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Why do I need a will?

We all need to make a will to provide for our loved ones after we’ve gone, and to make sure our wishes are carried out after our deaths. Otherwise promises you have made may not be carried out, your wishes may be disregarded, and you may leave your loved ones with a legal and financial mess to resolve. Your will should be reviewed from time to time to make sure that it reflects your current circumstances, and any changes in your family, like marriage or divorce, the birth of children or grandchildren, or coming into an inheritance. Inheritance tax criteria also occasionally change, so it’s a good idea to check if this affects your estate. If you want to make any changes, get professional assistance. Do not make any changes yourself or this could invalidate your will.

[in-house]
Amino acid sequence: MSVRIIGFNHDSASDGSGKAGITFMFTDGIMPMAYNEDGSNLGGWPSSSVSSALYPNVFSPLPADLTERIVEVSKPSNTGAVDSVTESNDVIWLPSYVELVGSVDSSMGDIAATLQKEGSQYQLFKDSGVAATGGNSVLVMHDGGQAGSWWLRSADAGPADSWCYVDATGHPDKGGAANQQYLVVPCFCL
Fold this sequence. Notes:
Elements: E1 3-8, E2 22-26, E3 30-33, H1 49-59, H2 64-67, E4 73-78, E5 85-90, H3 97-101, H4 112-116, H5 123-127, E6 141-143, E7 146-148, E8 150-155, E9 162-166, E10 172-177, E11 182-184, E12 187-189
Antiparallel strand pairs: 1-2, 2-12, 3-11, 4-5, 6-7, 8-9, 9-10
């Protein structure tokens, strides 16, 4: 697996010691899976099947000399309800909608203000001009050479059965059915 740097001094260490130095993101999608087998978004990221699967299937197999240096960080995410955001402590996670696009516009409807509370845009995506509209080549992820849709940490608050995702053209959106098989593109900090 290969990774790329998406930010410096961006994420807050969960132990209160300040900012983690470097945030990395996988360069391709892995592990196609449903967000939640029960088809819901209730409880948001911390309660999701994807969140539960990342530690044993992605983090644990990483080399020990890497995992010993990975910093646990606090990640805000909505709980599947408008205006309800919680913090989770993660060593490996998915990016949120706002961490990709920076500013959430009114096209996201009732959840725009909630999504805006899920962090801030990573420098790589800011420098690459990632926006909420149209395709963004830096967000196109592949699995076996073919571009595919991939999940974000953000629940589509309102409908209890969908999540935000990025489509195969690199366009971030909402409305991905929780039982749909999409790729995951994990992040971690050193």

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Please let us know!

If you do kindly decide to leave Breadline Africa in your will, please let us know as having this information helps us to plan for the future. We are very appreciative of your support and do naturally understand that wills may change over time.

If in South Africa, contact Edna Titus on +27 21 418 0322 or edna@breadlineafrica.org.za.

If outside of South Africa, please contact Wendy Hill on +44 1473 259048 or info@breadlineafrica.org.uk